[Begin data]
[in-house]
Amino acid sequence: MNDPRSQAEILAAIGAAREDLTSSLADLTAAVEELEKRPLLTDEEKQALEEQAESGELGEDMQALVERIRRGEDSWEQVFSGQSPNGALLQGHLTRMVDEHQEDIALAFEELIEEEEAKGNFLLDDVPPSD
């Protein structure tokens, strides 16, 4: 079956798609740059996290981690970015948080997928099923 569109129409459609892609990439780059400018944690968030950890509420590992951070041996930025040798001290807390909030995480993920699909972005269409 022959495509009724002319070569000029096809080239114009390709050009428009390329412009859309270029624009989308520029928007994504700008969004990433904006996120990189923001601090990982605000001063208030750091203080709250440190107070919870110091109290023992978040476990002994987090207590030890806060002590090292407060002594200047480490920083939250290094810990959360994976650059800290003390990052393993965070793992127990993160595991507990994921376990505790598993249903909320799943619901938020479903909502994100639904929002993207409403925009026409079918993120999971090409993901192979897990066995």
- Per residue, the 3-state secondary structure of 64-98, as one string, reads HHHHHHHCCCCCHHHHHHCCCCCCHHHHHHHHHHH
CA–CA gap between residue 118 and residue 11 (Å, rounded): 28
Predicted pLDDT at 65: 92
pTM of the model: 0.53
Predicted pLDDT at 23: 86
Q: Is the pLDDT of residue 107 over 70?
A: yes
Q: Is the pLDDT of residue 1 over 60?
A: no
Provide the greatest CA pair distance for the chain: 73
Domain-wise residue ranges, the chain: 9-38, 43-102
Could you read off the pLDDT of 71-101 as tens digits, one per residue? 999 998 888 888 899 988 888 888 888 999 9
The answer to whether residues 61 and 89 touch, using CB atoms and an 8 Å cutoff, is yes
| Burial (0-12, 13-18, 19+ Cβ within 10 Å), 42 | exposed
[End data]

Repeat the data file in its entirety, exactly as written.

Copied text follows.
[in-house]
Amino acid sequence: MNDPRSQAEILAAIGAAREDLTSSLADLTAAVEELEKRPLLTDEEKQALEEQAESGELGEDMQALVERIRRGEDSWEQVFSGQSPNGALLQGHLTRMVDEHQEDIALAFEELIEEEEAKGNFLLDDVPPSD
């Protein structure tokens, strides 16, 4: 079956798609740059996290981690970015948080997928099923 569109129409459609892609990439780059400018944690968030950890509420590992951070041996930025040798001290807390909030995480993920699909972005269409 022959495509009724002319070569000029096809080239114009390709050009428009390329412009859309270029624009989308520029928007994504700008969004990433904006996120990189923001601090990982605000001063208030750091203080709250440190107070919870110091109290023992978040476990002994987090207590030890806060002590090292407060002594200047480490920083939250290094810990959360994976650059800290003390990052393993965070793992127990993160595991507990994921376990505790598993249903909320799943619901938020479903909502994100639904929002993207409403925009026409079918993120999971090409993901192979897990066995």
- Per residue, the 3-state secondary structure of 64-98, as one string, reads HHHHHHHCCCCCHHHHHHCCCCCCHHHHHHHHHHH
CA–CA gap between residue 118 and residue 11 (Å, rounded): 28
Predicted pLDDT at 65: 92
pTM of the model: 0.53
Predicted pLDDT at 23: 86
Q: Is the pLDDT of residue 107 over 70?
A: yes
Q: Is the pLDDT of residue 1 over 60?
A: no
Provide the greatest CA pair distance for the chain: 73
Domain-wise residue ranges, the chain: 9-38, 43-102
Could you read off the pLDDT of 71-101 as tens digits, one per residue? 999 998 888 888 899 988 888 888 888 999 9
The answer to whether residues 61 and 89 touch, using CB atoms and an 8 Å cutoff, is yes
| Burial (0-12, 13-18, 19+ Cβ within 10 Å), 42 | exposed